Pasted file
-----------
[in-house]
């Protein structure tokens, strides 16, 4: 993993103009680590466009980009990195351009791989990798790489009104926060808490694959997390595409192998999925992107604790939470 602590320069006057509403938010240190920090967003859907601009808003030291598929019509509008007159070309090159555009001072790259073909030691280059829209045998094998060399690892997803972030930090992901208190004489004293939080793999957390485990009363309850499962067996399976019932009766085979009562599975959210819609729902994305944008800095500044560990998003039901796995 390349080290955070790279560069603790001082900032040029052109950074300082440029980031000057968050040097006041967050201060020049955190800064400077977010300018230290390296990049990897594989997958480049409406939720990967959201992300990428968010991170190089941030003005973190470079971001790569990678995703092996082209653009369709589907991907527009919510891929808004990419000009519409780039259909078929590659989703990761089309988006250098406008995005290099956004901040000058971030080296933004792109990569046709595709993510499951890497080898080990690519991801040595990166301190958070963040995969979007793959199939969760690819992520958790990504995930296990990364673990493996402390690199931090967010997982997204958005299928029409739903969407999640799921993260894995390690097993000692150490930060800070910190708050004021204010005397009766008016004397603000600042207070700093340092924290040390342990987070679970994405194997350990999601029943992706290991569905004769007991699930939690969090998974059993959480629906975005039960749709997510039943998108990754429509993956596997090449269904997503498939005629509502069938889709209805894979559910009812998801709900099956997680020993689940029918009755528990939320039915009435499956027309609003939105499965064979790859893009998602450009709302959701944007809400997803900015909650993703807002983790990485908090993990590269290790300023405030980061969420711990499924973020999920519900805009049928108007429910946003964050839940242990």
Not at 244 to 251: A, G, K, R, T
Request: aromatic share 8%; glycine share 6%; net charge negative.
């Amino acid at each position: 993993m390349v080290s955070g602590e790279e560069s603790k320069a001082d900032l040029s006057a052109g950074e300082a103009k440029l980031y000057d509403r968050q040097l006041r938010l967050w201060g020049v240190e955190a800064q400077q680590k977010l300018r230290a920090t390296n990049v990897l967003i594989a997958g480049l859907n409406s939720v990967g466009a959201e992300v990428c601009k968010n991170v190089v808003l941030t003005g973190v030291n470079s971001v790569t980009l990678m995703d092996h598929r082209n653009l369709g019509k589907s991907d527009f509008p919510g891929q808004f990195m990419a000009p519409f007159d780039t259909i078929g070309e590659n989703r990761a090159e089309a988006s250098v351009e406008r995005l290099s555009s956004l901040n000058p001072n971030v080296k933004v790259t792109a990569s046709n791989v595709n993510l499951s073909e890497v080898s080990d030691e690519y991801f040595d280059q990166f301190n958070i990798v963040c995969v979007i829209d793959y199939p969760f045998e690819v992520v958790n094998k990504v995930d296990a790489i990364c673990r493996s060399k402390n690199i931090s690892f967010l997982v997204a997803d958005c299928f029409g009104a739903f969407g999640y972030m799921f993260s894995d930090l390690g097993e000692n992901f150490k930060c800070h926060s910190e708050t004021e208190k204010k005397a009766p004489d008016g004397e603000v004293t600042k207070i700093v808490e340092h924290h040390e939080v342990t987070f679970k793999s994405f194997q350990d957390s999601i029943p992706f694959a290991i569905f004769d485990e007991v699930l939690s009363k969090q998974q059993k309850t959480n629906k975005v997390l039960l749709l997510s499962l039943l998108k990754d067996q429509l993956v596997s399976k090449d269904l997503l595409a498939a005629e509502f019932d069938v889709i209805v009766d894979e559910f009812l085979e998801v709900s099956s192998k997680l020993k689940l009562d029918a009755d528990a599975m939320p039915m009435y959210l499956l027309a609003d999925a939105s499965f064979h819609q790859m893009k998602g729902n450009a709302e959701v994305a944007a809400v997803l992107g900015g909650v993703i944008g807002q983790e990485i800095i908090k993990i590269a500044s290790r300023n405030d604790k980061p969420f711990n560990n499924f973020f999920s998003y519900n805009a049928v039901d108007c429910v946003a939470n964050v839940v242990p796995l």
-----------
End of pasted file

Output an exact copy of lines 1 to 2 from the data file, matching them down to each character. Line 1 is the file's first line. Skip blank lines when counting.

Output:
[in-house]
């Protein structure tokens, strides 16, 4: 993993103009680590466009980009990195351009791989990798790489009104926060808490694959997390595409192998999925992107604790939470 602590320069006057509403938010240190920090967003859907601009808003030291598929019509509008007159070309090159555009001072790259073909030691280059829209045998094998060399690892997803972030930090992901208190004489004293939080793999957390485990009363309850499962067996399976019932009766085979009562599975959210819609729902994305944008800095500044560990998003039901796995 390349080290955070790279560069603790001082900032040029052109950074300082440029980031000057968050040097006041967050201060020049955190800064400077977010300018230290390296990049990897594989997958480049409406939720990967959201992300990428968010991170190089941030003005973190470079971001790569990678995703092996082209653009369709589907991907527009919510891929808004990419000009519409780039259909078929590659989703990761089309988006250098406008995005290099956004901040000058971030080296933004792109990569046709595709993510499951890497080898080990690519991801040595990166301190958070963040995969979007793959199939969760690819992520958790990504995930296990990364673990493996402390690199931090967010997982997204958005299928029409739903969407999640799921993260894995390690097993000692150490930060800070910190708050004021204010005397009766008016004397603000600042207070700093340092924290040390342990987070679970994405194997350990999601029943992706290991569905004769007991699930939690969090998974059993959480629906975005039960749709997510039943998108990754429509993956596997090449269904997503498939005629509502069938889709209805894979559910009812998801709900099956997680020993689940029918009755528990939320039915009435499956027309609003939105499965064979790859893009998602450009709302959701944007809400997803900015909650993703807002983790990485908090993990590269290790300023405030980061969420711990499924973020999920519900805009049928108007429910946003964050839940242990």